Historical Context: 1994Ã¢â‚¬â€œThe principles of representative government and of legislative accountability 2006
In 1994, the House Administration Committee established the Task Force on the Internet to study the potential for Internet use in Congress and to suggest recommendations for rules governing memberÃ¢â‚¬â„¢s use of the Internet and e-mail.
The task force viewed the Internet as a communications tool to keep in touch with constituents, and concluded that Internet use and e-mail were subject to the congressional franking rules.
When the House Administration Committee convened to adopt the task forceÃ¢â‚¬â„¢s recommendations on October 4, 1994, they chose to use congressional franking rules in the strictest sense to regulate membersÃ¢â‚¬â„¢ Internet and e-mail use, thus preventing abuse. (Some involved in the application of franking rules wanted to create a separate commission solely to police membersÃ¢â‚¬â„¢ use of the Web. 52 )
The franking policy was ultimately applied because it was well established and well understood. The policy required that all Internet use be conducted in a manner Ã¢â‚¬Å“that concerns the conduct of a MemberÃ¢â‚¬â„¢s official or representational duties or to otherwise support the conduct of official business of the House generally.Ã¢â‚¬? 53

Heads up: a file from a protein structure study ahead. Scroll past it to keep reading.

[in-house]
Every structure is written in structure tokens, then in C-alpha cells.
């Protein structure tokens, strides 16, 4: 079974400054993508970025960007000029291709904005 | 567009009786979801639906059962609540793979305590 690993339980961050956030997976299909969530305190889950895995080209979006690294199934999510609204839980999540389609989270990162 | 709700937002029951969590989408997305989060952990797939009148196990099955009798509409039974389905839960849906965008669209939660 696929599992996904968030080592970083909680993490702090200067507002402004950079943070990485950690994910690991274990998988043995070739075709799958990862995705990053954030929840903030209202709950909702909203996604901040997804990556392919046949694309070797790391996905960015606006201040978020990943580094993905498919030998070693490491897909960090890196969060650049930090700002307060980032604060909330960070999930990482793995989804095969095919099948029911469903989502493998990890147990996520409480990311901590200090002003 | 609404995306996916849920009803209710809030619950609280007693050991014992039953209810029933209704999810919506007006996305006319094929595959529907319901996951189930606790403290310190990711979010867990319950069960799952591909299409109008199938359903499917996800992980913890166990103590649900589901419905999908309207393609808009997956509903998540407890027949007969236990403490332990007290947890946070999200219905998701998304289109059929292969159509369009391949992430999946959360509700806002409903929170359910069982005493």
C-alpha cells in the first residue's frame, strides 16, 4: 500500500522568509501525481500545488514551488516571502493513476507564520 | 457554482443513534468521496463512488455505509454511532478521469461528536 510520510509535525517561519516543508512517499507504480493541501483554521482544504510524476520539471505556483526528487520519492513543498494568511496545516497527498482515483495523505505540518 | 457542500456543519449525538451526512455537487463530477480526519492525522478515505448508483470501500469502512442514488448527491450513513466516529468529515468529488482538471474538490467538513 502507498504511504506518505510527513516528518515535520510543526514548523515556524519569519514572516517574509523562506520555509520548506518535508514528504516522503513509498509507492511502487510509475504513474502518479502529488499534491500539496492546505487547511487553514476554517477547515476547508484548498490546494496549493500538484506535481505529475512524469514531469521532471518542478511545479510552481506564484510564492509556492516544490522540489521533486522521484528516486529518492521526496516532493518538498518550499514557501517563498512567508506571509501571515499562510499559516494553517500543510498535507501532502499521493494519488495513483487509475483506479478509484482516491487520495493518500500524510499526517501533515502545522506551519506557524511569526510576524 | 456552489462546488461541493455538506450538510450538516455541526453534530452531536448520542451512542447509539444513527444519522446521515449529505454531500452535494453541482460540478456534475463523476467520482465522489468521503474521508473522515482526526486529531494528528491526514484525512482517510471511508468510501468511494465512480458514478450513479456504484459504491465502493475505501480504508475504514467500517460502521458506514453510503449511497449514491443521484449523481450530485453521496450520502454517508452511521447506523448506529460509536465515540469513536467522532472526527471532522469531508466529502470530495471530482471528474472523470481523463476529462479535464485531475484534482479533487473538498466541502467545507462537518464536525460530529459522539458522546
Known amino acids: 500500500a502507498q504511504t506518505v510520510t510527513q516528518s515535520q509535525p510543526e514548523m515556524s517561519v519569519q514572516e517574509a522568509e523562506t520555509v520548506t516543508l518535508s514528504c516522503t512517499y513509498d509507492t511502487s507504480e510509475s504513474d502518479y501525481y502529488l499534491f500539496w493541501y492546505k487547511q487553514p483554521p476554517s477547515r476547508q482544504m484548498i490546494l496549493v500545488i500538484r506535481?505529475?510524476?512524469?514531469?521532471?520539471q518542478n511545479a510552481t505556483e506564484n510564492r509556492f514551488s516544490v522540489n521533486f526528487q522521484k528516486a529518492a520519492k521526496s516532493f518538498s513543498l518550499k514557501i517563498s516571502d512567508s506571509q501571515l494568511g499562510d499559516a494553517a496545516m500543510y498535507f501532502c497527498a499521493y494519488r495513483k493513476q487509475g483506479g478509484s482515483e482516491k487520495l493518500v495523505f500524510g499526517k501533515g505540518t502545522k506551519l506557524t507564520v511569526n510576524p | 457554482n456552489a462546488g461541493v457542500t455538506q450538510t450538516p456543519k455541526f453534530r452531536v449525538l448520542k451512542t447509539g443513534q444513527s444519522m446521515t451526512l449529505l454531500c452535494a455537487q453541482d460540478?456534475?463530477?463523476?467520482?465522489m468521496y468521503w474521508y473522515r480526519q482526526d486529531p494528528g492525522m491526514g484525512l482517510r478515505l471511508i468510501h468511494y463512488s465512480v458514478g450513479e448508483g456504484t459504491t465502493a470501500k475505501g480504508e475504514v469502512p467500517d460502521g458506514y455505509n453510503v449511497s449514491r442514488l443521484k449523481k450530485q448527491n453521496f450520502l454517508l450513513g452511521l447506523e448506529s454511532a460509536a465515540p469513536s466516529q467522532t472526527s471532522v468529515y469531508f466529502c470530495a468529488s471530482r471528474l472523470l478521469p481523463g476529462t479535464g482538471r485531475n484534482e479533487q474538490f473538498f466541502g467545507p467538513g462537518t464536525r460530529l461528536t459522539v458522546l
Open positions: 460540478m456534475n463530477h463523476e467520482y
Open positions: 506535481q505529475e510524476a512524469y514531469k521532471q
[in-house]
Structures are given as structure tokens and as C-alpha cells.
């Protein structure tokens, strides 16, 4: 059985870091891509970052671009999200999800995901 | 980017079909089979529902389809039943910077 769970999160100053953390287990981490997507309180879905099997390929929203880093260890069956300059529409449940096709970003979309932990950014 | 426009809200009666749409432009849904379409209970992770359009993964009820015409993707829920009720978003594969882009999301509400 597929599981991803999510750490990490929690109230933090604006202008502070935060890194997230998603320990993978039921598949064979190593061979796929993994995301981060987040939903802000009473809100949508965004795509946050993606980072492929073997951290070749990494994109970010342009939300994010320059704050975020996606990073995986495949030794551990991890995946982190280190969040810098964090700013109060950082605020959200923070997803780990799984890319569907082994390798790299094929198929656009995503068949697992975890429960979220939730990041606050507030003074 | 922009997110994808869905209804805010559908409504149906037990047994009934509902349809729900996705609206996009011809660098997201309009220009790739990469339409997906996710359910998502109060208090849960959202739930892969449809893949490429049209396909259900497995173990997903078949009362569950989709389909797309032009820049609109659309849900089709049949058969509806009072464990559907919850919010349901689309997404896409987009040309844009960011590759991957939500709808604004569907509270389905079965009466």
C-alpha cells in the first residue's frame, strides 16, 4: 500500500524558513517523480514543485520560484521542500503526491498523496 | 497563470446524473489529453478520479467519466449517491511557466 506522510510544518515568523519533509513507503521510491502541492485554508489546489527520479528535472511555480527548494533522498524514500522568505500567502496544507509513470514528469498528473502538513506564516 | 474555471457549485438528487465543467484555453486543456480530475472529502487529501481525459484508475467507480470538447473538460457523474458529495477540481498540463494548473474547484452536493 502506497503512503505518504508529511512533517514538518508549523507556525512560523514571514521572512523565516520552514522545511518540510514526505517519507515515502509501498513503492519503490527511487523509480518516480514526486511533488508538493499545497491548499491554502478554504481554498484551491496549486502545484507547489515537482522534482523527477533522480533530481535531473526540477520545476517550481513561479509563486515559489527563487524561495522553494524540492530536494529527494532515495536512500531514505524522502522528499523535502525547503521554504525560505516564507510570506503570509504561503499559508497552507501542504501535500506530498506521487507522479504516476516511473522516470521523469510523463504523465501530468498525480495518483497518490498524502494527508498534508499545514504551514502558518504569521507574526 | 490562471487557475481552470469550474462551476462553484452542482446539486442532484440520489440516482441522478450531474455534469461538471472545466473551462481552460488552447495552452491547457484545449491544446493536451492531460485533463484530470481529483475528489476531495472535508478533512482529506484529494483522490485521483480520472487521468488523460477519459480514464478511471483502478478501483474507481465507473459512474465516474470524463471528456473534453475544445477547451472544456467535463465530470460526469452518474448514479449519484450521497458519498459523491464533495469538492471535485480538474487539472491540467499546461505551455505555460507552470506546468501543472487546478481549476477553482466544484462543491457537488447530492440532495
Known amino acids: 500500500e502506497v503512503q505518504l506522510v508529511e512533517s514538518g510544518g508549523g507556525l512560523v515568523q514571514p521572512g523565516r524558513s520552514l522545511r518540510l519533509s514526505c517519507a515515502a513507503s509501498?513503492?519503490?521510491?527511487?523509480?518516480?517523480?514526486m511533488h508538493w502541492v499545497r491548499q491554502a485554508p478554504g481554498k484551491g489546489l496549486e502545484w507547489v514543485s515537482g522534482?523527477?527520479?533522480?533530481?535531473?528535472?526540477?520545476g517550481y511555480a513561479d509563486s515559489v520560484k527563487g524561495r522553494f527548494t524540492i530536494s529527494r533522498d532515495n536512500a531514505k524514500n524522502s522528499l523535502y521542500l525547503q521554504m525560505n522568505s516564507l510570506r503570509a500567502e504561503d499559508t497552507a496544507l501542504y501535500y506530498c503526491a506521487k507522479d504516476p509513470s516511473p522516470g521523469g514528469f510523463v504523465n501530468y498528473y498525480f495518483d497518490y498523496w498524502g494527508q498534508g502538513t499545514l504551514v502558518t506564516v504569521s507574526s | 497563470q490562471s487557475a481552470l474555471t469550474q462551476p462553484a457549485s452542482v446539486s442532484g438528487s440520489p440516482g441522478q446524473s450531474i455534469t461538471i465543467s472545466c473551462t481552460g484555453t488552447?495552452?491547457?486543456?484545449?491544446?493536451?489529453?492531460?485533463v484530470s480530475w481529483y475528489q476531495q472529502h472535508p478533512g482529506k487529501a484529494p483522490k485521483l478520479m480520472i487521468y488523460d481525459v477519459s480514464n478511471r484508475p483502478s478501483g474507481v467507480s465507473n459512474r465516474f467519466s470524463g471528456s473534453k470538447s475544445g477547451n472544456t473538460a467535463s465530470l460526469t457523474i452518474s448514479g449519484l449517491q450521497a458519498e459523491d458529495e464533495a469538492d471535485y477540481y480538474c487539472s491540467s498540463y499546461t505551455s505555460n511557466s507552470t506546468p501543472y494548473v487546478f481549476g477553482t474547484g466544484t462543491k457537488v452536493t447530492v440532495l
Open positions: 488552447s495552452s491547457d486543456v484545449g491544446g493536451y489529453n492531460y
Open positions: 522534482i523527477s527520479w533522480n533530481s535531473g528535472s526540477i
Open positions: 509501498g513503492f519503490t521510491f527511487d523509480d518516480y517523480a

In an example of an early failure to foresee how the Internet would change everyday communication, the rules restricted members from sending e-mails to their family and friends, and from using the Internet to access Web sites that may be considered outside the realm of Ã¢â‚¬Å“officialÃ¢â‚¬? business. As one House aide later complained, Ã¢â‚¬Å“Some Members say you should be able to e-mail your son, but you canÃ¢â‚¬â„¢t send franked mail to your son.Ã¢â‚¬? 54
In May 1996 the first controversy over member Web sites erupted after an Associated Press report surfaced stating that more than two dozen members of Congress were linking to Ã¢â‚¬Å“overtly political Internet sites.Ã¢â‚¬?
Examples included: Rep. Tom Campbell including on his Web site links to his campaign re-election committee and to the presidential committee of Sen. Bob Dole; Rep. Joseph Moakley linking to the Democratic National Committee; and Rep. John Kasich linking to the National Right to Life Committee and the Christian Coalition. 55 No one seemed to know if such linking was against the rules, although when confronted by the Associated Press, Reps. Campbell and Moakley removed the links from their Web sites. A House Democratic technology aide posed a question that the House Oversight Committee was tasked with answering, Ã¢â‚¬Å“Is linking to something the same as posting the information yourself?Ã¢â‚¬? 56 The Oversight Committee soon decided the answer to this important question.